Editor’s Note: This month, that is July 2020, FII’s #MoodOfTheMonth is Feminism And Body Image, where we invite various articles about the diverse range of experiences which we often confront, with respect to our bodies in private or public spaces, or both. If you’d like to share your article, email us at firstname.lastname@example.org.
The year is 2014. I’m an NRI kid who had spent the last 6 years growing up in South East Asia. I had come to Kerala for my summer holidays, to visit my elderly grandmother. That visit, my elder cousin had a grand idea to take us all for a movie at a theatre nearby.
“Let’s take the entire family,” he excitedly told us. “I’ve seen this movie thrice myself!”
Somehow, we piled in 4 elderly people, 4 middle aged people, 6 cousins into 2 cars and 2 motorcycles, and made it to the small neighbourhood film theatre near my father’s hometown in Kottayam. There were lines outside for tickets, on a sweltering Sunday afternoon in July. Vendors sold ice lollies in their motorcycle carts. Sweaty mothers carried their babies in their flouncy dresses.
The movie? Bangalore Days.
The film had been running for 2 months by then. But the theatre was still full. It was a family drama, but geared towards the youth of Kerala. There were hoots, laughter, tears and happiness that effused the hall. But the only thing that registered in my 14-year-old brain was Parvathy Thiruvothu. The woman played a character that was a force to reckon with. Sarah, a radio jockey in Bangalore, was a paraplegic. She was also Dulquer Salmaan’s romantic interest—a feisty, intelligent, well-spoken young woman.
“Look at her,” my cousin whispered to me. “Isn’t she just so beautiful?”
I couldn’t stop looking at her, because for the first time, I saw someone who looked so much like me. She had thick dark framed glasses. Her face was round. Her smile was like mine. But most importantly, she had curly hair. Short, curly hair.
And she was so, so beautiful.
For me, I was the only one in my family with intense curly hair. Neither my grandparents, nor did any of my cousins have curly hair. My dad had loose curls, and mother had mild waves, at best. My curls were a type 3b-3c—well defined, tight ringlets, and I spent most of my childhood battling frizz over anything else. I grew up with every curly haired nickname you could ever imagine. Between Maggi Noodles to Sathya Sai Baba, I’ve been called everything along the spectrum.
My mother would cut my hair short, and I sported a pixie cut for most of my childhood. When we left India, I went to an international school with my hair plastered down in coconut oil, braided to give it some semblance of uniformity. My new classmates giggled. Some turned their noses and said that my hair smelled weird. I felt like an absolute outcast.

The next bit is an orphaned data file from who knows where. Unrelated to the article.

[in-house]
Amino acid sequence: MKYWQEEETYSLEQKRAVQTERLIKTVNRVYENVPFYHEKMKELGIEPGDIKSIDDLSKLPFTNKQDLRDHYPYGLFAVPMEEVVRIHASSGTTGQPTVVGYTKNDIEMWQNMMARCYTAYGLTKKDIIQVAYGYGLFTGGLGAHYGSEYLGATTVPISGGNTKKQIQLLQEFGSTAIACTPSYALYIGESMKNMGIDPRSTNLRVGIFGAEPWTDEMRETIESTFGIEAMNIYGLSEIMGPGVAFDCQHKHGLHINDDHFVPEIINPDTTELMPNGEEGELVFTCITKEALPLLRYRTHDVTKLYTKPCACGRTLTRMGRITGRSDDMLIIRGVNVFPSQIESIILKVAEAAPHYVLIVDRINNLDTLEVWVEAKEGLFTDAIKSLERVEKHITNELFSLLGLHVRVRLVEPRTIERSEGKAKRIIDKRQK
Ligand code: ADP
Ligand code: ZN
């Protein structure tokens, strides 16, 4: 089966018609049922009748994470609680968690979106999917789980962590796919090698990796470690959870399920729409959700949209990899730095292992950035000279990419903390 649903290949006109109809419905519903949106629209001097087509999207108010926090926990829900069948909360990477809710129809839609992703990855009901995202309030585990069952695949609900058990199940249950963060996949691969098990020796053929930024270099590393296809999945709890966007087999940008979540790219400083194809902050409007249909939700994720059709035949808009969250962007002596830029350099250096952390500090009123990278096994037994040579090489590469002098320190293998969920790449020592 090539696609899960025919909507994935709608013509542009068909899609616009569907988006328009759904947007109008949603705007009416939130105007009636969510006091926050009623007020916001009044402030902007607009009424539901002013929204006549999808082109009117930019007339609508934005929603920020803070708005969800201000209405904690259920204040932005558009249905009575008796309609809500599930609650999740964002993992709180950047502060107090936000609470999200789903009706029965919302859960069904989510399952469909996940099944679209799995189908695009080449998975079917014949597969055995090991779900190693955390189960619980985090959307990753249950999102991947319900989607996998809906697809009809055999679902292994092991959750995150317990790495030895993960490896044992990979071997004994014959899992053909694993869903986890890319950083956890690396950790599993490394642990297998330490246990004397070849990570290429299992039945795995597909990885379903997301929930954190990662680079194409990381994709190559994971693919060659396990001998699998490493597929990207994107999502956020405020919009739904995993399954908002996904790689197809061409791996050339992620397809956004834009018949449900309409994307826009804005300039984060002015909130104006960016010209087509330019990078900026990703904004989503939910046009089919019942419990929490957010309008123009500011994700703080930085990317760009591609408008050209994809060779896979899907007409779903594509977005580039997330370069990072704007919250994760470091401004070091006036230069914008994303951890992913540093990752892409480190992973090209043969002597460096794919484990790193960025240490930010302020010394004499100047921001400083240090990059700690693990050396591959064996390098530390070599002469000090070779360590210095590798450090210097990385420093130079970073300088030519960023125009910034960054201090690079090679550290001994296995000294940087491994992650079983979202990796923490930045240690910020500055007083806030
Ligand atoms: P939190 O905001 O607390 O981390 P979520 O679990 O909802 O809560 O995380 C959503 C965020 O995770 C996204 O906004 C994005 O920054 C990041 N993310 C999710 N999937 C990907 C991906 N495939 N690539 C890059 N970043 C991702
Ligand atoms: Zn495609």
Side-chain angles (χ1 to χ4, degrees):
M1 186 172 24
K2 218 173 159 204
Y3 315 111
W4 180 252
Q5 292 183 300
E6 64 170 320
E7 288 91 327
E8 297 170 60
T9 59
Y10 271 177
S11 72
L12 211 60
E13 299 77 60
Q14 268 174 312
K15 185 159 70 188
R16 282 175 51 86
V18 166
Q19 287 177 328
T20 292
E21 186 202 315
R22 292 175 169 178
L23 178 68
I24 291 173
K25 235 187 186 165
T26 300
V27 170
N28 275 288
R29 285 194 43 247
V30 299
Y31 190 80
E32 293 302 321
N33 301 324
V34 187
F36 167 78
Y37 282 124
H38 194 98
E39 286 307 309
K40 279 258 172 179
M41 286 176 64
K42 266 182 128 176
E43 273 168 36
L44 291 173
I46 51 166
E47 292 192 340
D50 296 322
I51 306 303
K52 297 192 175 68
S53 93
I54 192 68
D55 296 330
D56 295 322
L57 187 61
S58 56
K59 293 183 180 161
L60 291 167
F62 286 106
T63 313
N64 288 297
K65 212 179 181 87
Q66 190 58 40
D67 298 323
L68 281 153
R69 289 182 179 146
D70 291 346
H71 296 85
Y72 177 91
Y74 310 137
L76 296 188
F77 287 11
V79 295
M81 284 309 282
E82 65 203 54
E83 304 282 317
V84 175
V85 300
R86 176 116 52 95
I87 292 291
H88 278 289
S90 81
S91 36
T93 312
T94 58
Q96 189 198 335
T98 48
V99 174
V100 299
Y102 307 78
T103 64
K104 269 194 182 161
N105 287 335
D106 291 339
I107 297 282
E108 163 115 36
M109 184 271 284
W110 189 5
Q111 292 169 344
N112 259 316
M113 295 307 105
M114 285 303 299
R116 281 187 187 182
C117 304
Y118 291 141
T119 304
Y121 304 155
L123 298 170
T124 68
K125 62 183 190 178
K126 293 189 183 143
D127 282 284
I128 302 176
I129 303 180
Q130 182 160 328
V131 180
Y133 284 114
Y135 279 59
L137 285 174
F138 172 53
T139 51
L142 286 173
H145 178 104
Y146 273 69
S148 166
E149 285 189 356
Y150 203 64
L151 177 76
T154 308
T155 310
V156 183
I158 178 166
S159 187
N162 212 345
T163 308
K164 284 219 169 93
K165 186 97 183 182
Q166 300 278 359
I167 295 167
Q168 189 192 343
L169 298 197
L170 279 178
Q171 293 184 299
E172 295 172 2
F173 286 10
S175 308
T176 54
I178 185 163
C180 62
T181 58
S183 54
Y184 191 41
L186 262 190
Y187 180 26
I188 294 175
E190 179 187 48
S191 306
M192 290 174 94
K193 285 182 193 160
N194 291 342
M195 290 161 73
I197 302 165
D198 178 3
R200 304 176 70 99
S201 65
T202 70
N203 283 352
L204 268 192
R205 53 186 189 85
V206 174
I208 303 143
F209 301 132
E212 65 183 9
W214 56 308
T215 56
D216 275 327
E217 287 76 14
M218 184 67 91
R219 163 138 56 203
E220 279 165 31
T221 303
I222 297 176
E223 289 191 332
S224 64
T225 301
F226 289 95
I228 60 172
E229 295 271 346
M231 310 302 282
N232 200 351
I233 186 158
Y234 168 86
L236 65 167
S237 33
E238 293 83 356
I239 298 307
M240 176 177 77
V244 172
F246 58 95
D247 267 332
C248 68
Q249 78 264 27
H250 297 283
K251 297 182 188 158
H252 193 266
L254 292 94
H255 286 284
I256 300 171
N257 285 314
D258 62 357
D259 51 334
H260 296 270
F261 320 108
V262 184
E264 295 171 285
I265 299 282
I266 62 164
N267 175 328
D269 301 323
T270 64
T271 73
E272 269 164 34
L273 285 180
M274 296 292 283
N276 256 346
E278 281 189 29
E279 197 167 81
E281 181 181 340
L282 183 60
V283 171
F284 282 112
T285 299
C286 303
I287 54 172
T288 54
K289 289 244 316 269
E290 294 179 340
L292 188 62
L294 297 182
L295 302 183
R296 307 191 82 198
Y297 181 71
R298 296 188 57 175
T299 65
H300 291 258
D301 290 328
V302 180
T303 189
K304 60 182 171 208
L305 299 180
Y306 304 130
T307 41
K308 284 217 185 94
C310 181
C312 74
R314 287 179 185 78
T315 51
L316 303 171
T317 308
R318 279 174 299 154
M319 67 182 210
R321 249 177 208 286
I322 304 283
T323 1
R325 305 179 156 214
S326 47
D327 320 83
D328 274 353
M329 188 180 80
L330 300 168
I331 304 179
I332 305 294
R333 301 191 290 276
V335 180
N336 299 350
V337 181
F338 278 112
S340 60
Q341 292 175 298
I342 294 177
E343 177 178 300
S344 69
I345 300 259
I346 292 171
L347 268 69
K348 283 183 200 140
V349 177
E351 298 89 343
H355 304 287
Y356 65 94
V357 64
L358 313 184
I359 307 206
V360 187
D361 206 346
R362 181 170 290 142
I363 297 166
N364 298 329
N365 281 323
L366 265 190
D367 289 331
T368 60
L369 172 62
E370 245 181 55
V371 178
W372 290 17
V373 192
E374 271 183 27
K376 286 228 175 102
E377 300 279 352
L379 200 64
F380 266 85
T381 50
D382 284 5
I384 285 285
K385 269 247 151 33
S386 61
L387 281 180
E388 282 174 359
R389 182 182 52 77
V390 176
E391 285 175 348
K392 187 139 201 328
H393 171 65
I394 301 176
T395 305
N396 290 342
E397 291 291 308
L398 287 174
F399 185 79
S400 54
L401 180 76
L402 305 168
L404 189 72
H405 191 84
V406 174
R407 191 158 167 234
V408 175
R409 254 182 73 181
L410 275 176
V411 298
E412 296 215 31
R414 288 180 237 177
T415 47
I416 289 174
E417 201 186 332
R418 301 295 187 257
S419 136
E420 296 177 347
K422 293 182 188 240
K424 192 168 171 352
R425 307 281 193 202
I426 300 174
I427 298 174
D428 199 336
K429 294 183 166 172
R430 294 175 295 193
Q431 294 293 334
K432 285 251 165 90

Because of my frizzy, unmanageable curls, I thought myself to be not beautiful. Whether it be the local Chinese girls, the mixed-race kids or the White expatriates, they all had gorgeous, fluid locks. At 11, they looked like walking Sunsilk ads to me, with hair that reflected light off them. They all had beautiful, straight hair.
I was the freakshow amidst them. My hair could never be pretty enough for me to be considered pretty by anyone else. I had grown up being compared to a religious leader with funny hair. I hated to wake up to scream in pain, when my mother tried to braid my hair, or desperately tried wash out every last drop of oil with rough shampoos. I went and did what many other girls with hair insecurities do.
I permanently rebonded my curls. At 11.
4 years and many more rebonding sessions later, I sat spellbound in the chair watching Bangalore Days. I was shocked to find Parvathy not only look beautiful, but be celebrated for her natural curly haired beauty. To my fragile teenage heart, she sparked a revolution. Less than a year later, I had my big chop. I cut away 5 years’ worth of rebonded straight hair. In a matter of 35 minutes, my hip length mostly straight hair was reduced to short, cropped curls. It used to be where I hid all my insecurities. And it was gone.
It has been 5 years since. Parvathy has acted in more acclaimed films, sporting various types of hair, but her impact on my curly hair journey has remained instrumental. In Charlie, a critically acclaimed quirky art house film, she plays the free-spirited Tessa, with hair as wild as her dreams. The film where a girl runs from societal expectation of marriage, for which she also won the Kerala State Award for Best Actress, she and her curly hair reigns supreme.
To Parvathy, thank you. You’re outspoken, brutally honest, intelligent, witty and a kickass feminist. Although your hair is just one of the many facets that you’re known for, it changed the way I saw mine. I’m 5 years into this mad journey of loving my curls, and it owes its thanks to the way you showed me yours. Unapologetically.